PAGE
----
“this happened on December 30, 2003. That may seem a while ago but it won’t when it happens to you . . .”
In this dramatic adaptation of her award-winning, bestselling memoir (which Michiko Kakutani in The New York Times called “an indelible portrait of loss and grief . . . a haunting portrait of a four-decade-long marriage), Joan Didion transforms the story of the sudden and unexpected loss of her husband and their only daughter into a stunning and powerful one-woman play.
The first theatrical production of The Year of Magical Thinking opened at the Booth Theatre on March 29, 2007, starring Vanessa Redgrave and directed by David Hare.
Excerpt from The Year of Magical Thinking: A Play
This happened on december 30, 2003. That may seem a while ago but it won't when it happens to you.
And it will happen to you. The details will be different, but it will happen to you.
That's what I'm here to tell you.
We had come home. "Home" meaning an apartment on the Upper East Side of Manhattan. Early evening, maybe eight o'clock. We discussed whether to go out or eat in. I said we could stay in, I would build a fire.
The fire was the point.
In California we heated our houses by building fires. In Malibu we built fires even on summer evenings, because the fog came in. Fires said we were home, we had drawn the circle, we were safe through the night.
I built the fire. I drew the circle.
I have no memory of what I meant to have for dinner.
Memory stops. The frame freezes. You'll find that's something that happens.
I warned you. I'm telling you what you need to know.
You see me on this stage, you sit next to me on a plane, you run into me at dinner, you know what happened to me.
You don't want to think it could happen to you.
That's why I'm here.
John was in his office. I got him a drink. He sat down by the fire to read. He was reading a bound galley of David Fromkin's Europe's Last Summer: Who Started the Great War in 1914? I set the table in the living room, where we could see the fire.
I must have noticed that later. The name of the book. I eventually read it myself, but found no clues.
Wait. I was telling you what happened.
He wanted a second drink. I got it. He asked if I had used single-malt scotch for the second drink. I said I had used whatever I used for the first drink. "Good," he said. "I don't know why but I don't think you should mix them."
I was at the table, making a salad. He was sitting across from me, talking. Either he was talking about why World War One was the event from which the entire rest of the twentieth century flowed or he was talking about the scotch, I have no idea which.
Then he wasn't. Wasn't talking.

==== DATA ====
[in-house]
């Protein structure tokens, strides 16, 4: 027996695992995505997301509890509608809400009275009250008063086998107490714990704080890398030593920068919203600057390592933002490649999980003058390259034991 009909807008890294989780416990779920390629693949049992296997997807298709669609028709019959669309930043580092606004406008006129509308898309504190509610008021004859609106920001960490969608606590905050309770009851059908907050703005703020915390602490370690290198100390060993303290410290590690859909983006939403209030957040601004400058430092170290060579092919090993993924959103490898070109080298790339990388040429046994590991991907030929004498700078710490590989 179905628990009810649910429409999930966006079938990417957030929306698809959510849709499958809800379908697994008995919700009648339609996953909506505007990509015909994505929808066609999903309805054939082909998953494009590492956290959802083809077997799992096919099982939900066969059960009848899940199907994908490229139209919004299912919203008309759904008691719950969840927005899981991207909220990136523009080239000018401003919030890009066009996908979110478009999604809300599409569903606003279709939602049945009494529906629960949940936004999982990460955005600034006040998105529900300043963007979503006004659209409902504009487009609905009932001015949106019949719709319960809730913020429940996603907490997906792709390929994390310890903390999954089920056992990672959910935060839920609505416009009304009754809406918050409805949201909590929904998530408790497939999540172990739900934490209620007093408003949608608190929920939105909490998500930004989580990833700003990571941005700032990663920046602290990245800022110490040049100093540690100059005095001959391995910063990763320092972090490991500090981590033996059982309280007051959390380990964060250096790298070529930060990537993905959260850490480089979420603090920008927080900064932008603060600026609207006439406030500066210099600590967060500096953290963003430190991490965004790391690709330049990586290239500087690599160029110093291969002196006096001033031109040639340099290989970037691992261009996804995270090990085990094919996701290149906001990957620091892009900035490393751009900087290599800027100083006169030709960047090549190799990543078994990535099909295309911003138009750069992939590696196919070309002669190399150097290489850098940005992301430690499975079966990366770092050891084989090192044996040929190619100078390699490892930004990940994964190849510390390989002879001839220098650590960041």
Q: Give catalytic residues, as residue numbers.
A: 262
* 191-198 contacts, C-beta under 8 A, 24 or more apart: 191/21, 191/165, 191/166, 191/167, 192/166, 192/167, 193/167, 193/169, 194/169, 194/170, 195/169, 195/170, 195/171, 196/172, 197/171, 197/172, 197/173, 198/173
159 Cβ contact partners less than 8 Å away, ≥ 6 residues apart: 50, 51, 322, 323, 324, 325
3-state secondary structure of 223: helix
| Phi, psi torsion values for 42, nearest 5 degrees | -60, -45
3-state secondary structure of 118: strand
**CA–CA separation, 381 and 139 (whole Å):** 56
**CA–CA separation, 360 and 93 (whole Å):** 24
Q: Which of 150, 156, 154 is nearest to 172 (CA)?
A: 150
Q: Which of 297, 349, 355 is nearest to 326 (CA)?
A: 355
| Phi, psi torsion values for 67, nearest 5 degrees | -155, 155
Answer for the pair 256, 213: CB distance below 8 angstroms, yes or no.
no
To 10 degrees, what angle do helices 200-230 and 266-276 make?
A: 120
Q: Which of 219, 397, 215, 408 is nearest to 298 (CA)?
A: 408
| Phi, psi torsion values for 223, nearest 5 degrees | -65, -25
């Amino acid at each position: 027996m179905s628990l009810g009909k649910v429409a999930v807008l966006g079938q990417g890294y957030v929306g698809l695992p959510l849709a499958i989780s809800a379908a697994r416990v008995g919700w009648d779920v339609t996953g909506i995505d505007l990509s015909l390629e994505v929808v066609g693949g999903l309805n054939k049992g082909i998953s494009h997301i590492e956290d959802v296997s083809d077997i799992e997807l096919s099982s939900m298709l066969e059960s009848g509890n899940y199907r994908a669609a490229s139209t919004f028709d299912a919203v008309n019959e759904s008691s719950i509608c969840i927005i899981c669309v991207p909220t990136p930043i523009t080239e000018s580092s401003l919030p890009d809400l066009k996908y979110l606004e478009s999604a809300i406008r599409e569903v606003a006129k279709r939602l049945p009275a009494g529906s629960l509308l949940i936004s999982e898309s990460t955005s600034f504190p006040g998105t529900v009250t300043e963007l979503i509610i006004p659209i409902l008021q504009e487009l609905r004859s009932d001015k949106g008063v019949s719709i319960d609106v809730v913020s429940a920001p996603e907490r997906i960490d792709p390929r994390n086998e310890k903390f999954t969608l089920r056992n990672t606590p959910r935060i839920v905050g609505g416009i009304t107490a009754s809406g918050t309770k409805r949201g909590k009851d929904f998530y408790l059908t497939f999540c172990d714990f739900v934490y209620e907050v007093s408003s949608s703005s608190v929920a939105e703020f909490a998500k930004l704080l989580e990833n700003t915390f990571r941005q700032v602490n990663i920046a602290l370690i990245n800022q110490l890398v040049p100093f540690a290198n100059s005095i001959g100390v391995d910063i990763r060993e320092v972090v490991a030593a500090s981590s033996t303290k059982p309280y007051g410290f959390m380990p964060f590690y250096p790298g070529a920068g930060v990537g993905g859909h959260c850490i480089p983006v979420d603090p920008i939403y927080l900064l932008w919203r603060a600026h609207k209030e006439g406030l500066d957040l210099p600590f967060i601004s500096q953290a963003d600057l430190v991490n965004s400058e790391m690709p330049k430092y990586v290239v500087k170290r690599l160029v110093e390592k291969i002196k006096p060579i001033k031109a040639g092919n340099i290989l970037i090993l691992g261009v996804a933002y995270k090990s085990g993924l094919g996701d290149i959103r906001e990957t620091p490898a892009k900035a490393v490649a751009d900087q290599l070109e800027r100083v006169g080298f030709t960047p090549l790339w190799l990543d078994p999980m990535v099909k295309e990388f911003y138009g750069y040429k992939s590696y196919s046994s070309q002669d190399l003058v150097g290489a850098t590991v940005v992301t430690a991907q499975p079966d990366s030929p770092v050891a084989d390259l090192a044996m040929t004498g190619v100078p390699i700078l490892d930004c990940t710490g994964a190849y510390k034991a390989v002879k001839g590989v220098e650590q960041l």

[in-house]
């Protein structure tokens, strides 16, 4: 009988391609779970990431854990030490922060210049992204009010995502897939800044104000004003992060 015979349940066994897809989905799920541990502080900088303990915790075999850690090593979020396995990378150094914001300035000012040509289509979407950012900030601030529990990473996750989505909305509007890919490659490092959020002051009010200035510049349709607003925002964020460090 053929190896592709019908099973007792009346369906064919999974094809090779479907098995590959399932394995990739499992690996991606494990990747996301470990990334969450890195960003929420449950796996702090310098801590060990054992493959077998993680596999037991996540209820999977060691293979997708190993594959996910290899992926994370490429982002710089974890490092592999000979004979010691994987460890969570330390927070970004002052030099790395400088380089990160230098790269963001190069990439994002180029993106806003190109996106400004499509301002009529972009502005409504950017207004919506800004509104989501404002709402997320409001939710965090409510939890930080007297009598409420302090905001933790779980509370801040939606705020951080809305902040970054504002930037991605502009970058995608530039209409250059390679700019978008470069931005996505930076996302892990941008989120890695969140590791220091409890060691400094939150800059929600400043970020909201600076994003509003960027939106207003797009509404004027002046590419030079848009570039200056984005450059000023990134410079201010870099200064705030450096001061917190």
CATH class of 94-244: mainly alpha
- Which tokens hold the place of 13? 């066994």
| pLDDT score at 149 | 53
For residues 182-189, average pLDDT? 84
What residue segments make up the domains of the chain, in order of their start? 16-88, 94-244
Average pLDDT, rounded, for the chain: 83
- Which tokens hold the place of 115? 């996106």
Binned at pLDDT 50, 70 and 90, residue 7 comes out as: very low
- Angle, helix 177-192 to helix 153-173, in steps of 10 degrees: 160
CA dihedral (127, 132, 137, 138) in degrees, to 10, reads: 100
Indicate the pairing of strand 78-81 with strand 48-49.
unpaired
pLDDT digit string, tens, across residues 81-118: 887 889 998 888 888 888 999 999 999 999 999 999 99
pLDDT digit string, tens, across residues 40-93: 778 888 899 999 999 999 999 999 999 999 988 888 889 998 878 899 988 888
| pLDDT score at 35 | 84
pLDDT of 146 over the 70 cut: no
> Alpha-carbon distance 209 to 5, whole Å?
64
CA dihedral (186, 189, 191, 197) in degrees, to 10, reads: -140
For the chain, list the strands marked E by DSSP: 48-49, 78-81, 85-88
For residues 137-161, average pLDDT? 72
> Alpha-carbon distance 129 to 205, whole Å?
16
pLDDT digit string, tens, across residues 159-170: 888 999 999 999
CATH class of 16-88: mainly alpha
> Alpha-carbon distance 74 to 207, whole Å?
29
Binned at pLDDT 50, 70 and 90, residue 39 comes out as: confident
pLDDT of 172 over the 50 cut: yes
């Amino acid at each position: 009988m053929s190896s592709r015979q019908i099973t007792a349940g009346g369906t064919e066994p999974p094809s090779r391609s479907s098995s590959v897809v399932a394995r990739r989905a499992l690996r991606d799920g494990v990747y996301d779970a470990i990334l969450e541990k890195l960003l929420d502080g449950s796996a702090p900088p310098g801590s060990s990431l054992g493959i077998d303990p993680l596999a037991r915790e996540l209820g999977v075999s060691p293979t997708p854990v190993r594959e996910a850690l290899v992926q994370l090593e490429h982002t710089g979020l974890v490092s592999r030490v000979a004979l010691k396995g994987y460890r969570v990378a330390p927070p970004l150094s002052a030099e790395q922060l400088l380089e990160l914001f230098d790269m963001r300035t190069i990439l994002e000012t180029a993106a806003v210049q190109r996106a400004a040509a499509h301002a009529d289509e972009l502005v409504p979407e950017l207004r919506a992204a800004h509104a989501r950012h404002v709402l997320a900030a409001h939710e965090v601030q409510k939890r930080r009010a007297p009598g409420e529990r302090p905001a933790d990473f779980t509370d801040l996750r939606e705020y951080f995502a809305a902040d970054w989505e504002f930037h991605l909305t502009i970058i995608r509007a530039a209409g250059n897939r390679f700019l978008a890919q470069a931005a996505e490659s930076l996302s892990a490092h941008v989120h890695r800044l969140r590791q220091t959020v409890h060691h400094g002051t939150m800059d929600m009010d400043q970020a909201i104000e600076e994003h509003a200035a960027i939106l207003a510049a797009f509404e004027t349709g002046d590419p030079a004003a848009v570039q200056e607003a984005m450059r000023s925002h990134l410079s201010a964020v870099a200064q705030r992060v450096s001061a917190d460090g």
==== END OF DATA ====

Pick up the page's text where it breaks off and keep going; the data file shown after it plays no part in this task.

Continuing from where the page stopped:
I looked up. I said, "Don't do that." I thought he was making a joke.
Slumping over. Pretending to be dead. You've seen people make that kind of tiresome joke. Maybe you've done it yourself. Meaning "this was a hard day, we got through it, we're having dinner, we've got a fire."
In fact neither of us had yet said out loud how hard that day had been.
My next thought was that he had started to eat and choked. I tried to move him so I could do the Heimlich.
He fell onto the table, then to the floor. There was a dark liquid pooling beneath his face.
Within what I now know to have been exactly five minutes, two ambulances came. The crews worked on the living room floor for what I now know to have been exactly forty-five minutes.
I now know these facts because I obtained the documents. I obtained the Emergency Department Nursing Documentation Sheet. I obtained the Nursing Flow Chart. I obtained the Physician's Record. I obtained the log kept by the doormen in our building."Paramedics arrived at 9:20 PM for Mr. Dunne," the log read."Mr. Dunne was taken to the hospital at 10:05 PM."
The distance from our apartment to the ambulance entrance of New York Cornell is six crosstown blocks. I do not remember traffic. I do not remember sirens. When I got out of the ambulance the gurney was already being pushed inside. Everyone was in scrubs. I noticed one man who was not in scrubs. "Is this the wife," he said to the driver. Then he looked at me. "I'm your social worker."
And I guess that was when I knew.
That's something else to remember. If they give you a social worker, you're in trouble.
Life changes fast.
Life changes in the instant.
You sit down to dinner and life as you know it ends.
The question of self-pity.
Those were the first words I wrote after it happened.
And after that--
I'm a writer--
But after that I didn't write anything for a long while.